Cheating on regulatory testing has a long history in corporate America. It happens regularly in automobile emissions control and elsewhere. What’s important in the VW case is that the cheating was preprogrammed into the algorithm that controlled cars’ emissions.
Computers allow people to cheat in ways that are new. Because the cheating is encapsulated in software, the malicious actions can happen at a far remove from the testing itself. Because the software is “smart” in ways that normal objects are not, the cheating can be subtler and harder to detect.
We’ve already had examples of smartphone manufacturers cheating on processor benchmark testing: detecting when they’re being tested and artificially increasing their performance. We’re going to see this in other industries.
The Internet of Things is coming. Many industries are moving to add computers to their devices, and that will bring with it new opportunities for manufacturers to cheat. Light bulbs could fool regulators into appearing more energy efficient than they are. Temperature sensors could fool buyers into believing that food has been stored at safer temperatures than it has been. Voting machines could appear to work perfectly—except during the first Tuesday of November, when they undetectably switch a few percent of votes from one party’s candidates to another’s.
My worry is that some corporate executives won’t interpret the VW story as a cautionary tale involving just punishments for a bad mistake but will see it instead as a demonstration that you can get away with something like that for six years.
And they’ll cheat smarter. For all of VW’s brazenness, its cheating was obvious once people knew to look for it. Far cleverer would be to make the cheating look like an accident. Overall software quality is so bad that products ship with thousands of programming mistakes.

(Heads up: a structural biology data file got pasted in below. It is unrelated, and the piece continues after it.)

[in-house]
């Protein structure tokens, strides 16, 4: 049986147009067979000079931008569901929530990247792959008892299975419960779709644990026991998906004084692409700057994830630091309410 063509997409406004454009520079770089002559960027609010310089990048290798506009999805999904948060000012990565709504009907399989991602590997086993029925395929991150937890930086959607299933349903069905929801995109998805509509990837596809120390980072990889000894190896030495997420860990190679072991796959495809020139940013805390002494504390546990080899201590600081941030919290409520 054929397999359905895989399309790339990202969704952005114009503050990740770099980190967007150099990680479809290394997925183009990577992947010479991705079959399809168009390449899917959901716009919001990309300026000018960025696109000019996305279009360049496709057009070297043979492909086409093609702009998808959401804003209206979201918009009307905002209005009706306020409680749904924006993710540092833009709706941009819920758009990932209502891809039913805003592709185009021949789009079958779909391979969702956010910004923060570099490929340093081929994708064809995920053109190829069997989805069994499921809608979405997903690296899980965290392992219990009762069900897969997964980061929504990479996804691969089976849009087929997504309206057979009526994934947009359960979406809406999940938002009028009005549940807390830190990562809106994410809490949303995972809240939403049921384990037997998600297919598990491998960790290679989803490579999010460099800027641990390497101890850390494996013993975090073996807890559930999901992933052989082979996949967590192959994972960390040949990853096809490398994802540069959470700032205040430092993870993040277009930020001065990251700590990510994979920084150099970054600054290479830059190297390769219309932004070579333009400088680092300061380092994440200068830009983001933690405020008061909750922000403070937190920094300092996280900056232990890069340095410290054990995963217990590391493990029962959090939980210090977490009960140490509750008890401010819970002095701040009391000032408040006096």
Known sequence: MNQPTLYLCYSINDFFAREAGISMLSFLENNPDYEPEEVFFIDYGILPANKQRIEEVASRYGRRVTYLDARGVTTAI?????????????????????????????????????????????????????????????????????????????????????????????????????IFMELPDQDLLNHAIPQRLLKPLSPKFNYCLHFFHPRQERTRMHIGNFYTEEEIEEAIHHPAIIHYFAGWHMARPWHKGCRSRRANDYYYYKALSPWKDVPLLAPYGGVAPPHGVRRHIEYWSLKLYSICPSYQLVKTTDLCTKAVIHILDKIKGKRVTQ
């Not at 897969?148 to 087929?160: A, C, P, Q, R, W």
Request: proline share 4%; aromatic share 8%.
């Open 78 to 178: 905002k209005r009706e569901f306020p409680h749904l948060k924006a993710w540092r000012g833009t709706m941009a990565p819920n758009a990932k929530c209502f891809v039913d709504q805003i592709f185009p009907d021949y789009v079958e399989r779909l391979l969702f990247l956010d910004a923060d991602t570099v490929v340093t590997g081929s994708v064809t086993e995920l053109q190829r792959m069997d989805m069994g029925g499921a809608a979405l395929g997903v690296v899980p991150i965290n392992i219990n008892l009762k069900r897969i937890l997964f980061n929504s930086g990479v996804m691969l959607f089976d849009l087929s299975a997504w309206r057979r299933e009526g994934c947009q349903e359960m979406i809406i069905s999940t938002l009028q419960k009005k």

Most of them don’t affect normal operations, which is why your software generally works just fine. Some of them do, which is why your software occasionally fails, and needs constant updates. By making cheating software appear to be a programming mistake, the cheating looks like an accident. And, unfortunately, this type of deniable cheating is easier than people think.
Computer-security experts believe that intelligence agencies have been doing this sort of thing for years, both with the consent of the software developers and surreptitiously.
This problem won’t be solved through computer security as we normally think of it. Conventional computer security is designed to prevent outside hackers from breaking into your computers and networks. The car analogue would be security software that prevented an owner from tweaking his own engine to run faster but in the process emit more pollutants. What we need to contend with is a very different threat: malfeasance programmed in at the design stage.
We already know how to protect ourselves against corporate misbehavior. Ronald Reagan once said “trust, but verify” when speaking about the Soviet Union cheating on nuclear treaties. We need to be able to verify the software that controls our lives.
Software verification has two parts: transparency and oversight. Transparency means making the source code available for analysis. The need for this is obvious; it’s much easier to hide cheating software if a manufacturer can hide the code.